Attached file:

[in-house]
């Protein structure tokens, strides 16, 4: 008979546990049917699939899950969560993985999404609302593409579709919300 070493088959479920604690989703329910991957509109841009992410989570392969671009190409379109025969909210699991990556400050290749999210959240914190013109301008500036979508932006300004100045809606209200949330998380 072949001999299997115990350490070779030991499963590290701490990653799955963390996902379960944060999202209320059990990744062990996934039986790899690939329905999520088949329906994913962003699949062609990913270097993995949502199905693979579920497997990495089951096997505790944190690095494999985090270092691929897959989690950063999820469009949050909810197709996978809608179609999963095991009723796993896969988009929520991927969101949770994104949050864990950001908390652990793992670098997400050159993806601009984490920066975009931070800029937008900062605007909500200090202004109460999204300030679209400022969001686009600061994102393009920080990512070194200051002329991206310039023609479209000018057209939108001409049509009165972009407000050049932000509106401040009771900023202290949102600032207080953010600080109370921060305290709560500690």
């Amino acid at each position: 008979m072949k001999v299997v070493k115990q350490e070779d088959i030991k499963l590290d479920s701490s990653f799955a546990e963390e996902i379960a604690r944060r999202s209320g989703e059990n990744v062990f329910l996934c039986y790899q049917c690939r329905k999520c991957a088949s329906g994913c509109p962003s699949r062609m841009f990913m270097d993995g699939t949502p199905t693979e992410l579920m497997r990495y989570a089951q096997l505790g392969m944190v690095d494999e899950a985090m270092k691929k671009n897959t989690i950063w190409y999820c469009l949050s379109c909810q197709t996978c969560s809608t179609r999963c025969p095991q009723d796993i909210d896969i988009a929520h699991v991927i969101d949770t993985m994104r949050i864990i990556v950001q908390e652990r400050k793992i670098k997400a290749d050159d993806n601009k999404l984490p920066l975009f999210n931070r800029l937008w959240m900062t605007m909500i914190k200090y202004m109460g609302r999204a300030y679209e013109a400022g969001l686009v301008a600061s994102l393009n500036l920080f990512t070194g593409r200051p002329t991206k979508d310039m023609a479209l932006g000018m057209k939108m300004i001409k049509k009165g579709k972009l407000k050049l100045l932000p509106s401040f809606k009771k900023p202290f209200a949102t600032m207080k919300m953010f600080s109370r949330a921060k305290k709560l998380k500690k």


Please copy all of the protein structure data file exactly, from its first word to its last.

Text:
[in-house]
């Protein structure tokens, strides 16, 4: 008979546990049917699939899950969560993985999404609302593409579709919300 070493088959479920604690989703329910991957509109841009992410989570392969671009190409379109025969909210699991990556400050290749999210959240914190013109301008500036979508932006300004100045809606209200949330998380 072949001999299997115990350490070779030991499963590290701490990653799955963390996902379960944060999202209320059990990744062990996934039986790899690939329905999520088949329906994913962003699949062609990913270097993995949502199905693979579920497997990495089951096997505790944190690095494999985090270092691929897959989690950063999820469009949050909810197709996978809608179609999963095991009723796993896969988009929520991927969101949770994104949050864990950001908390652990793992670098997400050159993806601009984490920066975009931070800029937008900062605007909500200090202004109460999204300030679209400022969001686009600061994102393009920080990512070194200051002329991206310039023609479209000018057209939108001409049509009165972009407000050049932000509106401040009771900023202290949102600032207080953010600080109370921060305290709560500690």
């Amino acid at each position: 008979m072949k001999v299997v070493k115990q350490e070779d088959i030991k499963l590290d479920s701490s990653f799955a546990e963390e996902i379960a604690r944060r999202s209320g989703e059990n990744v062990f329910l996934c039986y790899q049917c690939r329905k999520c991957a088949s329906g994913c509109p962003s699949r062609m841009f990913m270097d993995g699939t949502p199905t693979e992410l579920m497997r990495y989570a089951q096997l505790g392969m944190v690095d494999e899950a985090m270092k691929k671009n897959t989690i950063w190409y999820c469009l949050s379109c909810q197709t996978c969560s809608t179609r999963c025969p095991q009723d796993i909210d896969i988009a929520h699991v991927i969101d949770t993985m994104r949050i864990i990556v950001q908390e652990r400050k793992i670098k997400a290749d050159d993806n601009k999404l984490p920066l975009f999210n931070r800029l937008w959240m900062t605007m909500i914190k200090y202004m109460g609302r999204a300030y679209e013109a400022g969001l686009v301008a600061s994102l393009n500036l920080f990512t070194g593409r200051p002329t991206k979508d310039m023609a479209l932006g000018m057209k939108m300004i001409k049509k009165g579709k972009l407000k050049l100045l932000p509106s401040f809606k009771k900023p202290f209200a949102t600032m207080k919300m953010f600080s109370r949330a921060k305290k709560l998380k500690k």